Magazine article American Libraries

Where to Find a Bibliographic-Instruction Corps

Magazine article American Libraries

Where to Find a Bibliographic-Instruction Corps

Article excerpt

After teaching nearly a dozen Bibliolabs, Claudia Rudolph could guess why students were spending a sunny, mid-quarter afternoon in the University of Washington's Odegaard Undergraduate Library.

"Term papers will be due soon, and they realize they'd better figure out how to do the research," said rudolph, a second-year student in the university's Graduate School of Library and Information Science.

The afternoon's Bibliolab helped students wishing to know more about the UW library system. These undergraduates had signed up for bibliographic instruction (BI) on a voluntary basis.

With more than 30,000 students, the university in general has no mandatory BI; but several departments, including communications and sociology, require Bibliolab as part of introductory courses.

BI, of course, is offered at many colleges and universities across the country. What makes the University of Washington program unique is the use of graduate library students as bibliographic instruction interns.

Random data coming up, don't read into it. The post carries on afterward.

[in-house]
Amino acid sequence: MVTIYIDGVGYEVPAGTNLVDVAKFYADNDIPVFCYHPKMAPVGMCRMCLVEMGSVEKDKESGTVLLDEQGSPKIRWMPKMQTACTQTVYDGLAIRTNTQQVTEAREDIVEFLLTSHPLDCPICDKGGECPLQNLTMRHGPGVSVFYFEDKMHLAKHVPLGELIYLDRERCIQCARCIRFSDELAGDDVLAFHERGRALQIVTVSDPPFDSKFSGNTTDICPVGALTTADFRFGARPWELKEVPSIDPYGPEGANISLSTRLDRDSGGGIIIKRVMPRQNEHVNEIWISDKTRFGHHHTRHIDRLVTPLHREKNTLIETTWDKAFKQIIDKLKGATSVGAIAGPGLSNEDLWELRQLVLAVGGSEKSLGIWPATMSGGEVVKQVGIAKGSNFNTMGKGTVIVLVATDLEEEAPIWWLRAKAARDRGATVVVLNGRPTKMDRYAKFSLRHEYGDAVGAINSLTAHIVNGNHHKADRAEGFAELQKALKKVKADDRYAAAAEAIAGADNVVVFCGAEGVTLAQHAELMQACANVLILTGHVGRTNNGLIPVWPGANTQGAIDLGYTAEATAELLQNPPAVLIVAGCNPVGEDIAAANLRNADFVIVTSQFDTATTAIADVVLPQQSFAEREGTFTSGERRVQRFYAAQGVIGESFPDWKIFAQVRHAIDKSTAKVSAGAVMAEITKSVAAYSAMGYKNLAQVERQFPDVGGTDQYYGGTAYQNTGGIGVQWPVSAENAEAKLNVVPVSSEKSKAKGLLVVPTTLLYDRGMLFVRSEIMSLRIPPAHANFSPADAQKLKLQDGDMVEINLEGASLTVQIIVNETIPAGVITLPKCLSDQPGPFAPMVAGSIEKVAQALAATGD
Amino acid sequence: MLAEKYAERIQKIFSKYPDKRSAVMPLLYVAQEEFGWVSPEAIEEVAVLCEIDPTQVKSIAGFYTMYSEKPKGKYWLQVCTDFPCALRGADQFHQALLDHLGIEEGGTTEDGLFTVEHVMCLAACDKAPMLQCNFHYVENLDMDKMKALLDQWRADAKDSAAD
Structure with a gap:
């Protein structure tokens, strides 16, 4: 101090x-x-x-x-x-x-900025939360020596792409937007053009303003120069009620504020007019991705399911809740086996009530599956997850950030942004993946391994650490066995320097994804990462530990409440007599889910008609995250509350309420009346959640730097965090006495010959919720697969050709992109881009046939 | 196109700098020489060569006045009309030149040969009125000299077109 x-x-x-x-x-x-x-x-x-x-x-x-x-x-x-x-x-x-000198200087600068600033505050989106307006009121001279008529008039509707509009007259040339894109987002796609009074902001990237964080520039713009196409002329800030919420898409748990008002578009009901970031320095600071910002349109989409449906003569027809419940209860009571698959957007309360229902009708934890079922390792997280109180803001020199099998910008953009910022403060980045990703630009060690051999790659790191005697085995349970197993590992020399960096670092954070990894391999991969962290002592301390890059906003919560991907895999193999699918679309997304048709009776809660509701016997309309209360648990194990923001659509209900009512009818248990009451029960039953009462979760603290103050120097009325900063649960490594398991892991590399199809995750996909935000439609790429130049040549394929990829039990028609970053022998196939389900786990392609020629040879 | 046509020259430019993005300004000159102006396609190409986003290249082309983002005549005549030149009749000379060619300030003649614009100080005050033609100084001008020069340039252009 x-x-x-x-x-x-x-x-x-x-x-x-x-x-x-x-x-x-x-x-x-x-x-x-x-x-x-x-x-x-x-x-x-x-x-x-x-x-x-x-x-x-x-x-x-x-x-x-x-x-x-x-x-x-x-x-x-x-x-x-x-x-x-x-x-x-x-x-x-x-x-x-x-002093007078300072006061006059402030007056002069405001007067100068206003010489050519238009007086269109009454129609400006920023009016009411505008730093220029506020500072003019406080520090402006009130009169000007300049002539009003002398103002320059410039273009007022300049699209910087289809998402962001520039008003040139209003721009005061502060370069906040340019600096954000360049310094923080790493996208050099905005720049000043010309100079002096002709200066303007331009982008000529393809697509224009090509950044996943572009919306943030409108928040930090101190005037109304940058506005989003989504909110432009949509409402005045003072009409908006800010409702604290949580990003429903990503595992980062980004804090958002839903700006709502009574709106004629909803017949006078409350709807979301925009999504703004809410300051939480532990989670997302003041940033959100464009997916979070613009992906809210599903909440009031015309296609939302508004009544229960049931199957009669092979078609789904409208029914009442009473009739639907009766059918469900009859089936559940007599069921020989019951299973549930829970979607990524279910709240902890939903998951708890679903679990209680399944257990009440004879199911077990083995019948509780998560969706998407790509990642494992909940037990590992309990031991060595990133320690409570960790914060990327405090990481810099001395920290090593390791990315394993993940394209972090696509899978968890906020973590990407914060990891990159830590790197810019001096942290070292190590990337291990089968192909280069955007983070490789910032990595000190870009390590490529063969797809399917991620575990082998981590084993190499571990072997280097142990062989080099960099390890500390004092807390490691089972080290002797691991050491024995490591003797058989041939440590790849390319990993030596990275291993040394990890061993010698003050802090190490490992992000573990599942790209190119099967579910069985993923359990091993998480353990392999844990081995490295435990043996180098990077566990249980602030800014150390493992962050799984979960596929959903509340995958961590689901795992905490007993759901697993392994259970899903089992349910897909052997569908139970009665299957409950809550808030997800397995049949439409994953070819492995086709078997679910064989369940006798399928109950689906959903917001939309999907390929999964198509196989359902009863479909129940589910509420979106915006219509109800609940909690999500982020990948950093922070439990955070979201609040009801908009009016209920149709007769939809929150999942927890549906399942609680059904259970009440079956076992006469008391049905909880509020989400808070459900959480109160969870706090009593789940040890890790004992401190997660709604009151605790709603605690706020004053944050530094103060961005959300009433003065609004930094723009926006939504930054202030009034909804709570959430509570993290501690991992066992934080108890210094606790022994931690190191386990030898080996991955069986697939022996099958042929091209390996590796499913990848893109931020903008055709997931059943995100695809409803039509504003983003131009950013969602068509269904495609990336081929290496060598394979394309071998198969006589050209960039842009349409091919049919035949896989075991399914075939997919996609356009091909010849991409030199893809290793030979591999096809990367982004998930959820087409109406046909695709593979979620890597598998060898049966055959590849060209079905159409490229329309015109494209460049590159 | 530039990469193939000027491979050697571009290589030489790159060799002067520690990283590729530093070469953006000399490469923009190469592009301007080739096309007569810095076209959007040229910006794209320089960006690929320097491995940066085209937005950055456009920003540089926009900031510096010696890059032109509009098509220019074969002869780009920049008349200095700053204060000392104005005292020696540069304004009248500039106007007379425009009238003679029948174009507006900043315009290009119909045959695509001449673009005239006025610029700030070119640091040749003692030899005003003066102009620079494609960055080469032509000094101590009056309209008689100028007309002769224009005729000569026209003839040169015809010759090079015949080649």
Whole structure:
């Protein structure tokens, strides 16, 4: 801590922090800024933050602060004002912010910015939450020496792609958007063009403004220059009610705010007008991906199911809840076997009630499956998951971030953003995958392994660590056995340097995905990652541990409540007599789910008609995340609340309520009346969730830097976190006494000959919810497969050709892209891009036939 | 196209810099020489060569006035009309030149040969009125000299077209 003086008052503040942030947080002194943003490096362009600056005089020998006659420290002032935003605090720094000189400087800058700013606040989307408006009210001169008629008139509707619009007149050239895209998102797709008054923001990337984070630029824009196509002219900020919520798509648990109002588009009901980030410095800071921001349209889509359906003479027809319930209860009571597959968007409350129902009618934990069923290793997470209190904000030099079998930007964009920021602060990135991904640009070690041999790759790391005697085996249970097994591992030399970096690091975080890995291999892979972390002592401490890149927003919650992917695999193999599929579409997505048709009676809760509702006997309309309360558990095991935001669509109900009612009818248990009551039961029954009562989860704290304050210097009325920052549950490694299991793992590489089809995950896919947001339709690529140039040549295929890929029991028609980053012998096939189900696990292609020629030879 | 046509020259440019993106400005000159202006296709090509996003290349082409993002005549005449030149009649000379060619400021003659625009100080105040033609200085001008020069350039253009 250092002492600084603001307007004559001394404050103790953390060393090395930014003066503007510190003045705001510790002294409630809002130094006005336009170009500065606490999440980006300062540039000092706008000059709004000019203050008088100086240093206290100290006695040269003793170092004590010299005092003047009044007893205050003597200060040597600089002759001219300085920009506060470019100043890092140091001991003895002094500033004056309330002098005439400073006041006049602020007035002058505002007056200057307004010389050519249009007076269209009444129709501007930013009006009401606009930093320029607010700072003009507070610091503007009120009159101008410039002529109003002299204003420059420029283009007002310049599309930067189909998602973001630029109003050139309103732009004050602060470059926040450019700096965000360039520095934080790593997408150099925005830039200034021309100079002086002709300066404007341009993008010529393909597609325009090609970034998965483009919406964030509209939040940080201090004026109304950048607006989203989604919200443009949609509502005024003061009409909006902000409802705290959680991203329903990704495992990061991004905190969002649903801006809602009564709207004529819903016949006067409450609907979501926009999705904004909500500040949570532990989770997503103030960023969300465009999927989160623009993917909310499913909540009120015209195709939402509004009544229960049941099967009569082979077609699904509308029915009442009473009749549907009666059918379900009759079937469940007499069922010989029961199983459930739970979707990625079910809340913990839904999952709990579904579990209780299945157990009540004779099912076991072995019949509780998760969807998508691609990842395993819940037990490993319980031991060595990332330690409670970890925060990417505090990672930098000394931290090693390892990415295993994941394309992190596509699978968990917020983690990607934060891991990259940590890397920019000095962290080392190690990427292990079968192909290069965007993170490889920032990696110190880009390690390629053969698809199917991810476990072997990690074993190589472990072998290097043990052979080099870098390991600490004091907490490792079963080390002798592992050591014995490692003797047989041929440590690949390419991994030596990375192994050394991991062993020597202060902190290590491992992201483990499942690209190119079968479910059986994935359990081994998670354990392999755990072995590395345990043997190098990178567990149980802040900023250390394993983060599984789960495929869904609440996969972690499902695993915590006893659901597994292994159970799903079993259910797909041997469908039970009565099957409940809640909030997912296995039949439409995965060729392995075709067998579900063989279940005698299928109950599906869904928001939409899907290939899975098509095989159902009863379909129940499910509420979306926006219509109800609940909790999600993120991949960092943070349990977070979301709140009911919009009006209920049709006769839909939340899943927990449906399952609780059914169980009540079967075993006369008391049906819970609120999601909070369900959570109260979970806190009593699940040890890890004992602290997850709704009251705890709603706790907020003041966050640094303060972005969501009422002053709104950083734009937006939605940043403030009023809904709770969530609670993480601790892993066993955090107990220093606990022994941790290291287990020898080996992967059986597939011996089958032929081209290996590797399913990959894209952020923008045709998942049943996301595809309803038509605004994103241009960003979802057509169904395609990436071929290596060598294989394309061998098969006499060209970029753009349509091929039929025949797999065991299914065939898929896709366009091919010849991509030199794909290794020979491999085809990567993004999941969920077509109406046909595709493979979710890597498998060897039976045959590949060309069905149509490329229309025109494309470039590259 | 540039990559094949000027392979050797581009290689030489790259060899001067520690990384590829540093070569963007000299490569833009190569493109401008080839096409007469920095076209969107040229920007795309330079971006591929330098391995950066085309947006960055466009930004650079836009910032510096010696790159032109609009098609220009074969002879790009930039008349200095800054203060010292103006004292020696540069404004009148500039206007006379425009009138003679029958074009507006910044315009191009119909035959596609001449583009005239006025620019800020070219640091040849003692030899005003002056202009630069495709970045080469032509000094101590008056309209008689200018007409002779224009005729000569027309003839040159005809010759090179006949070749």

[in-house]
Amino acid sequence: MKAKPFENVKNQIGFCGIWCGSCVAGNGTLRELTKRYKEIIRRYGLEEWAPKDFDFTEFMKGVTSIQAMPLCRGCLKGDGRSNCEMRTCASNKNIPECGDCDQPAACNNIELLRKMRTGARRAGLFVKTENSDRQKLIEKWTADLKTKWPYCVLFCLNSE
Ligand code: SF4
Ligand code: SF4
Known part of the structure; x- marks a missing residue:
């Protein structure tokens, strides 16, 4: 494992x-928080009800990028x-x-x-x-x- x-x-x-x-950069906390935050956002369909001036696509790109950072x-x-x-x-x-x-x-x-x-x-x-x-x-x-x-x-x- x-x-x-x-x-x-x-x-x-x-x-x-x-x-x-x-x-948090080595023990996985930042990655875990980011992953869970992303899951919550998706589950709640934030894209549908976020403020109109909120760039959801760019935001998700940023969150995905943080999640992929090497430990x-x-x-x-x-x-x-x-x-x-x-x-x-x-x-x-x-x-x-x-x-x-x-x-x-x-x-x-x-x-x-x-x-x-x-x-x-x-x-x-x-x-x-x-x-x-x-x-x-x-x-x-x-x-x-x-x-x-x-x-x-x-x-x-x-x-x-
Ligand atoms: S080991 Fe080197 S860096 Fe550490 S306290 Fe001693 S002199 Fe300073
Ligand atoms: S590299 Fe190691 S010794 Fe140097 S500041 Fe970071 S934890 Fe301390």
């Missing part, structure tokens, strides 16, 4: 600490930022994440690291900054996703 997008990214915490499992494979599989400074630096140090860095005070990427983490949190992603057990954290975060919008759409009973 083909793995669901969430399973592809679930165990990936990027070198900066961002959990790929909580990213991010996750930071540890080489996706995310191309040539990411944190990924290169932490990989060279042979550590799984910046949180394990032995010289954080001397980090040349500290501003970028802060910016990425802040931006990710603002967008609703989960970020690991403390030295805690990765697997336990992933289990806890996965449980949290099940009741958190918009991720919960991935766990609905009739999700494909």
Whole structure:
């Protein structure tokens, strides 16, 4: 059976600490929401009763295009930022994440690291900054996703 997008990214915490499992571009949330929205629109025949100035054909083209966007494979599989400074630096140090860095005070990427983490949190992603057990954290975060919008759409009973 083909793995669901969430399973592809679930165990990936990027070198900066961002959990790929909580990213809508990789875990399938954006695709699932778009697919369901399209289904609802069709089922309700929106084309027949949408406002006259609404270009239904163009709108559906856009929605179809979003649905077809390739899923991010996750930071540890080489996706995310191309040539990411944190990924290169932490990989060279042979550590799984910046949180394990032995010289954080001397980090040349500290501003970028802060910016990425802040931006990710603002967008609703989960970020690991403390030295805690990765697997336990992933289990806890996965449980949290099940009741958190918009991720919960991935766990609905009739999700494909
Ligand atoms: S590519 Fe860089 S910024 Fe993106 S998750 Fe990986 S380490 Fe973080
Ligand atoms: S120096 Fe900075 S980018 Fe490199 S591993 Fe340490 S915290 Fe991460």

"It's a model program," said Margaret Chisholm, director of the Graduate School of Library and Information Science.

In a 50-minute Bibliolab session, Rudolph covered an overview of the UW library system; search strategy using student examples; types of publications and media available; access using the card catalog and central serials record; importance of LC subject headings; availability of abstracts and indexes; style for citations; and sample bibliography (for specialized labs such as sociology).

Throughout her presentation, Rudolph encouraged questions from the students. Nearing the end of the three-quarter, six-credit program, Rudolph obviously felt quite comfortable with the format.

"I wanted to improve my public speaking," she said, recalling how another library student had encouraged her to sign up to become a Bibliolab intern. "It also has helped me to learn more about the different tools available in the library. And I figured the experience would be useful in any type of library work."

Randy Hensley, user-education librarian at Odegaard, said he spends about 45 percent of his time directing Bibliolab and related activities. In December 1982 he came to Washington from Cal State/Chico, where he'd worked nearly 10 years, mostly in BI.

Before Hensley arrived at Washington, Paula Walker, his predecessor, had been forced by budget cuts and a hiring freeze to remove staff librarians from BI. Concerned a program she had managed since 1979 might evaporate, she proposed, with Chisholm, that library students might serve as suitable instructors. …

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